January 12, 2012
Frontline health workers are an essential component of health systems worldwide -- without them, there is no access to care for people living with HIV or anyone else. Yet in 2012, the World Health Organization estimates a shortage of at least one million frontline health workers worldwide, with Africa the region in greatest need. PEPFAR, in collaboration with partner countries, is pursuing a number of initiatives to respond.
Our efforts are being reinforced by many actors around the globe. A growing number of health organizations, recognizing the life-saving impact frontline health workers offer, are committed to employing innovative strategies to address the crisis. Tomorrow, 37 of these organizations from the public and private sector are coming together in Washington to launch the Frontline Health Workers Coalition. The coalition will seek to stimulate high-impact investments in frontline health workers in the developing world, in order to save more lives and foster healthier communities.
Through PEPFAR, the United States has been a leader in making such investments. As we have moved from an emergency response toward a more sustainable, country-owned approach, we have been strengthening health systems as the foundation to achieving long-term health objectives -- such as the goal Secretary Clinton announced in November of an AIDS-free generation. PEPFAR and its implementing partners -- many of which are represented in the new coalition -- are working with partner countries to implement game-changing programs.
Two programs that exemplify our efforts to build lasting solutions are the Medical Education Partnership Initiative (MEPI) and the Nursing Education Partnership Initiative (NEPI). Through these, PEPFAR seeks to alleviate Africa's critical shortage of trained healthcare professionals and paraprofessionals, while developing sustainable local capacity to produce skilled doctors, nurses, and midwives for generations to come.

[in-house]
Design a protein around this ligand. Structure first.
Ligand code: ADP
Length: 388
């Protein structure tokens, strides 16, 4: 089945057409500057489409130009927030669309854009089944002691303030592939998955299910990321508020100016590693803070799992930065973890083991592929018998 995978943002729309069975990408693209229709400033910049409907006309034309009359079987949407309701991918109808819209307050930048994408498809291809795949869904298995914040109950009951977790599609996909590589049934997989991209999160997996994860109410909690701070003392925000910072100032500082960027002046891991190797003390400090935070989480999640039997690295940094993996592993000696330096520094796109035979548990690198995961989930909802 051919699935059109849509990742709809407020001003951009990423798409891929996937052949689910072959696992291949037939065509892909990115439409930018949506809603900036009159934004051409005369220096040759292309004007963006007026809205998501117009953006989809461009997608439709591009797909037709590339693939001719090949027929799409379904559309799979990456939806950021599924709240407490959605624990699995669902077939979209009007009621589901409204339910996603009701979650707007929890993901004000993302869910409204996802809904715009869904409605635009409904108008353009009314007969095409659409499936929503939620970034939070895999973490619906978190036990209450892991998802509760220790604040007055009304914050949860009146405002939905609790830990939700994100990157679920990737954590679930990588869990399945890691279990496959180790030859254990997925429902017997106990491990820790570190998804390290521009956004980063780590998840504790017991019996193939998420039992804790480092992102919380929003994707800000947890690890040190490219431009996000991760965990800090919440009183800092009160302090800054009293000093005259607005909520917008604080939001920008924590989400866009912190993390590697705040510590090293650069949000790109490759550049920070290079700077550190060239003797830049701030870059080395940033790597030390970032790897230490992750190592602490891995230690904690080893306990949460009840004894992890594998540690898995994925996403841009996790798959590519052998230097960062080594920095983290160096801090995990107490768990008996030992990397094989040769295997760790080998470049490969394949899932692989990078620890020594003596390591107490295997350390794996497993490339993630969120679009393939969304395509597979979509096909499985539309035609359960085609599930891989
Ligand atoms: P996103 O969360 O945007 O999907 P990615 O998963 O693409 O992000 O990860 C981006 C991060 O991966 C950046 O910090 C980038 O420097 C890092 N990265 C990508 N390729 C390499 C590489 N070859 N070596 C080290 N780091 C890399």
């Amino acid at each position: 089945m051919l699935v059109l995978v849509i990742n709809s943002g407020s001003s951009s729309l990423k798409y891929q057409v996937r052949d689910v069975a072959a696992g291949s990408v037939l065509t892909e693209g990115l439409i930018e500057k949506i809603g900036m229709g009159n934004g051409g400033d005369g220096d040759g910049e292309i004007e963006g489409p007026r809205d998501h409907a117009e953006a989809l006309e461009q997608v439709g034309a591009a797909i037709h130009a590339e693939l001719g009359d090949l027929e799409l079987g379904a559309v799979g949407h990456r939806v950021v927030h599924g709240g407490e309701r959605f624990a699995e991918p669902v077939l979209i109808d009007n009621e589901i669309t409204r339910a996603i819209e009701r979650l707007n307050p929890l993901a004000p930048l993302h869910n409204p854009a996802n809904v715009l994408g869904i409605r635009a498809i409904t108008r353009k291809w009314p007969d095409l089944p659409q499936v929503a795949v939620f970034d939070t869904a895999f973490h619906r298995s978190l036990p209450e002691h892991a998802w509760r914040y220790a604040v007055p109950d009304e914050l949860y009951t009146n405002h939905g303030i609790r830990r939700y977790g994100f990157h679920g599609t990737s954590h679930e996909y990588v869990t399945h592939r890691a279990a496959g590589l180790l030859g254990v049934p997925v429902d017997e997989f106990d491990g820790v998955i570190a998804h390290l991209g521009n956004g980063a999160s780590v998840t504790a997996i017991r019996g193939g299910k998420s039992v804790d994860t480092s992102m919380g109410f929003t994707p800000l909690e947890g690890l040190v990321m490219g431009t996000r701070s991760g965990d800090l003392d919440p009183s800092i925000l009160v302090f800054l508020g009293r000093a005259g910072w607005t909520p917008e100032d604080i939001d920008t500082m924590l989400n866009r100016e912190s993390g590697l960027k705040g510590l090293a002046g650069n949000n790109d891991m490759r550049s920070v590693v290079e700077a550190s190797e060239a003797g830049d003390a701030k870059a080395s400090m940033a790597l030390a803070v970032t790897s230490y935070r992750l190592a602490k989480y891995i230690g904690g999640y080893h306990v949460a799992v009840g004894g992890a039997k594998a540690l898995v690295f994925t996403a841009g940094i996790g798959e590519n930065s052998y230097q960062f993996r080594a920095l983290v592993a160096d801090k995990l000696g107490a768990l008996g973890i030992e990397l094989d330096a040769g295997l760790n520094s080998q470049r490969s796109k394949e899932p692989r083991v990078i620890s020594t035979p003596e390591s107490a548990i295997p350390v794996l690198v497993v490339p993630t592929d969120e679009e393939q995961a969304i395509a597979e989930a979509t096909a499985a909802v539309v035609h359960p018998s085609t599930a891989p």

For medical education, over the five years of MEPI, PEPFAR, and the National Institutes of Health are providing $130 million directly to medical schools in a dozen African countries. The schools are using these funds to improve medical education, invest in innovative technologies, and strengthen educational resources. Funds are also used to support the research capacity of MEPI institutions, enabling African researchers and scholars to making invaluable contributions to the larger body of HIV knowledge.
In a similar fashion, PEPFAR is providing training and technical support to nursing and midwifery programs through NEPI. We recently launched NEPI in three countries -- Zambia, Lesotho, and Malawi -- that face extreme challenges in meeting the need for trained nurses and midwives, and will soon expand to additional countries. Partnering with Ministries of Health will be key to NEPI's success, and Ministries have embraced the opportunities to collaborate to develop a strong nursing workforce.
These programs are building on Africa's greatest resource of all -- its people. To make a truly lasting difference in our health and development programs, we will continue to support this kind of work. On this and our other efforts to support human resources for health, we look forward to collaborating with the members of the Frontline Health Workforce Alliance.